Canada ends decent year for jobs with December slowdown
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employers capped another decent year of hiring by taking a breather in December.

Employment eked out a small gain of 9,300 for the month, but the increase was driven by part-time work and self-employed workers, Statistics Canada said Friday in Ottawa. Full-time employment fell in December for the first time in three months.

For all of 2018, the added 163,300 jobs — all of them full-time — for a 0.9 per cent gain. That pace is consistent with an coping with an aging workforce and settling down into slower rates of growth. Employment had increased by an outsized 427,300 last year, and has averaged annualized 225,000 since 2010.

Even with the slowdown in job gains, the unemployment rate held at its lowest in more than four decades at 5.6 per cent. Labour force participation last year fell to its lowest in two decades.

The biggest negative in the labor market data continues to be wages, with annual gains still hovering at a sluggish 2 per cent in December. Wage gains for permanent workers were just 1.5 per cent last month.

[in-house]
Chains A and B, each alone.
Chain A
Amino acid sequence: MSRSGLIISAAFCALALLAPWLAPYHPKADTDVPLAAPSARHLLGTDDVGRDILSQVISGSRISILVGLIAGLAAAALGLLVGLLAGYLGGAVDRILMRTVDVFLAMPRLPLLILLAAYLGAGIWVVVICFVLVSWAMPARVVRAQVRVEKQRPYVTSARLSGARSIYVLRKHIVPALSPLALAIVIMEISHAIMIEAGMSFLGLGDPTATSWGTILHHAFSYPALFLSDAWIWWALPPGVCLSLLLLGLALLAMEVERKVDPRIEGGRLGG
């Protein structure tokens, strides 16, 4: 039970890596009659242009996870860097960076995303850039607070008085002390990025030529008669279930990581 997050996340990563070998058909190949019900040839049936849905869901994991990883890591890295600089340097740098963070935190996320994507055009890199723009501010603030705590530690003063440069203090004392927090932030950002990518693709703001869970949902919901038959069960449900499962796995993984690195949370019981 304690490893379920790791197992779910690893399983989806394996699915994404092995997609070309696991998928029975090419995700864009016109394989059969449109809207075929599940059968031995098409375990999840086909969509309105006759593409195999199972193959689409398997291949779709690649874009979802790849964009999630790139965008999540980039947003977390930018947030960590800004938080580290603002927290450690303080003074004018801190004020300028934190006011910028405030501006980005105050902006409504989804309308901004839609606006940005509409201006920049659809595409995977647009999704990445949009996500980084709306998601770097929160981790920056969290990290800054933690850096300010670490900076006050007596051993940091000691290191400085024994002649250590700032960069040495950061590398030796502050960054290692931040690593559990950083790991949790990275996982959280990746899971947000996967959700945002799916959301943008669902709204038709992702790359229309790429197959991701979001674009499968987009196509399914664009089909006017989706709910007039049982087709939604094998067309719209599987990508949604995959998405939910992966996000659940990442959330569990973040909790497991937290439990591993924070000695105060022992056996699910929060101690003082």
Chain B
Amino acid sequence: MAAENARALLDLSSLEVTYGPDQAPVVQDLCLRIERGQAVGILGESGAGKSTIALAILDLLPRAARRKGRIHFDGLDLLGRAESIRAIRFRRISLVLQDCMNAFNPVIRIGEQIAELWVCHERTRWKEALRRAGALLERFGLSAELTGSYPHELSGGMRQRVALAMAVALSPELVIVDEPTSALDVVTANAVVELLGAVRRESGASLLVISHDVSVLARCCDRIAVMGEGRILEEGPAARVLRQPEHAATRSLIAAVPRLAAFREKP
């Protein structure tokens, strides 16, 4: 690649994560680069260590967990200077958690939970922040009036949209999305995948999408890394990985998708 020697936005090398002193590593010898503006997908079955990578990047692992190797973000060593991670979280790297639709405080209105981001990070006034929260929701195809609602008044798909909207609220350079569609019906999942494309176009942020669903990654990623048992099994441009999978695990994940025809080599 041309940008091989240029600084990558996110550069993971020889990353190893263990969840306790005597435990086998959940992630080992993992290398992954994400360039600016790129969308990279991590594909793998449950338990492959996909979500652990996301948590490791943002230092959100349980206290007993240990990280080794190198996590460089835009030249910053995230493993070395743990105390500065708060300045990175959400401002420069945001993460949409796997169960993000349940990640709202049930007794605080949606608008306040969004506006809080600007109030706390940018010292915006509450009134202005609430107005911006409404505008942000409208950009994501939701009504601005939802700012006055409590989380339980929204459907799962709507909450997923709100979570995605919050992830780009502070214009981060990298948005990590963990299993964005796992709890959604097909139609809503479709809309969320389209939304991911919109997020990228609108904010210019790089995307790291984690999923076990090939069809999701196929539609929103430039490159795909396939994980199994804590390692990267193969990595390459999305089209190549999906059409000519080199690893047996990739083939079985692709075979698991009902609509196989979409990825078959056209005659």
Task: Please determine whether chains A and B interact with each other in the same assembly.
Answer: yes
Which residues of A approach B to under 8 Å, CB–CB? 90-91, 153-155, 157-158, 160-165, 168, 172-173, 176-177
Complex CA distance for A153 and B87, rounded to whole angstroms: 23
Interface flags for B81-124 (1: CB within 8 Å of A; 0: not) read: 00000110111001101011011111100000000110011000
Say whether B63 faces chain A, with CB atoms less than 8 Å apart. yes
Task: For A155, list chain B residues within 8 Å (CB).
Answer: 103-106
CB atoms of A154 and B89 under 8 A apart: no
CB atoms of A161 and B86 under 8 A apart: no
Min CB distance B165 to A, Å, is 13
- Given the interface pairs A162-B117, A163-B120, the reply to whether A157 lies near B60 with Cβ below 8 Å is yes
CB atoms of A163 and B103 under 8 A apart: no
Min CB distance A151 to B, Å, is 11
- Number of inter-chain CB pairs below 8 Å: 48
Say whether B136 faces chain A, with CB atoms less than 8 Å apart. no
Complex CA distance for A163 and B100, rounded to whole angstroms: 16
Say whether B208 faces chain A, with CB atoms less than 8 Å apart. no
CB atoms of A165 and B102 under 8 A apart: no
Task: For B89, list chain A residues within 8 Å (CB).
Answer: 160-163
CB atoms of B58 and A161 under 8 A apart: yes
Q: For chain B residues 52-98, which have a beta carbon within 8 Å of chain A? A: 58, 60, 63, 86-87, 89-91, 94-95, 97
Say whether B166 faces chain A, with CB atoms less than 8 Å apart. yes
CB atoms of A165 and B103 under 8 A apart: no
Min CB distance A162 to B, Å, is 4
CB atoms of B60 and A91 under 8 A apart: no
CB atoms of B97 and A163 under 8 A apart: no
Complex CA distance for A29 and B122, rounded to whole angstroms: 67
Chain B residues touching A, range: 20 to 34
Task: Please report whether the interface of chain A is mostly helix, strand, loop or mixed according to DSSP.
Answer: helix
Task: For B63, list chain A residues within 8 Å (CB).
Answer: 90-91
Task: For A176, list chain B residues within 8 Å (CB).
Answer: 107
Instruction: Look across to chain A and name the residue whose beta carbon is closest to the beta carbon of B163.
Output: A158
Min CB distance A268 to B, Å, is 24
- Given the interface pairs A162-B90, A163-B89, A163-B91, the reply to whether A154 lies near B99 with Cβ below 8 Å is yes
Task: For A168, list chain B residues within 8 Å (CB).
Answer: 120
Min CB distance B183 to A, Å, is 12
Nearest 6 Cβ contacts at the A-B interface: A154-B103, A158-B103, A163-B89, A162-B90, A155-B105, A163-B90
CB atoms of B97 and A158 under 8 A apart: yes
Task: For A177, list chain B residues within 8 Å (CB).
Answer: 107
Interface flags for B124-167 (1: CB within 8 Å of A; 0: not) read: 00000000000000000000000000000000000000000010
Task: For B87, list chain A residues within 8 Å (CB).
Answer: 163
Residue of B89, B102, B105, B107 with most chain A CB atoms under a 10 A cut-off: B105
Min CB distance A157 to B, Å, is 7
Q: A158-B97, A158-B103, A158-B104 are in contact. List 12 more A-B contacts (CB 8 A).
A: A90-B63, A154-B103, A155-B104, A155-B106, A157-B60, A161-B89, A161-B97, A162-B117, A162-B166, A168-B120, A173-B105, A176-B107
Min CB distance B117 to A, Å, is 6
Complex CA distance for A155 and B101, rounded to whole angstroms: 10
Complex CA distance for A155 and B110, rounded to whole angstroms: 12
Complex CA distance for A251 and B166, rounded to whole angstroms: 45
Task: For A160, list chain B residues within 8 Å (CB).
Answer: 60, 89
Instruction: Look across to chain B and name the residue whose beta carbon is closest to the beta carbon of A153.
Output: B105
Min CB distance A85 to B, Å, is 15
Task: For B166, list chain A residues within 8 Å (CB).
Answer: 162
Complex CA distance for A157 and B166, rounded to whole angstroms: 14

Another weak point was hours worked, which rose just 0.9 per cent in December from a year earlier. That’s down from a 2.1 per cent pace a month earlier.

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The weakness in December was mostly driven by service-producing sectors that had been leading gains all year. Manufacturing led gains last month, with a 23,900 employment gain.

Economists surveyed by Bloomberg predicted the unemployment rate would rise to 5.7 per cent in December and a gain of 10,000 jobs.

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